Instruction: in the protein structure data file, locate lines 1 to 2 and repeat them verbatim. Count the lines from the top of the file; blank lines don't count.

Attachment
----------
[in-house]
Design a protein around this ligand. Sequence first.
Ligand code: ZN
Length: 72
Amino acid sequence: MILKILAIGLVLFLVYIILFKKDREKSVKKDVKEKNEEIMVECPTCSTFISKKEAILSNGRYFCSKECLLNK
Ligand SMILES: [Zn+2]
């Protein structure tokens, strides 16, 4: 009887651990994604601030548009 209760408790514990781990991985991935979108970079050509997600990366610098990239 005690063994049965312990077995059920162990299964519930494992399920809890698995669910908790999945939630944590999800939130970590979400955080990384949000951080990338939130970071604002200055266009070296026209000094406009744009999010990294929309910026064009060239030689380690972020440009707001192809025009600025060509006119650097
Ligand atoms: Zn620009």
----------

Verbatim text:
[in-house]
Design a protein around this ligand. Sequence first.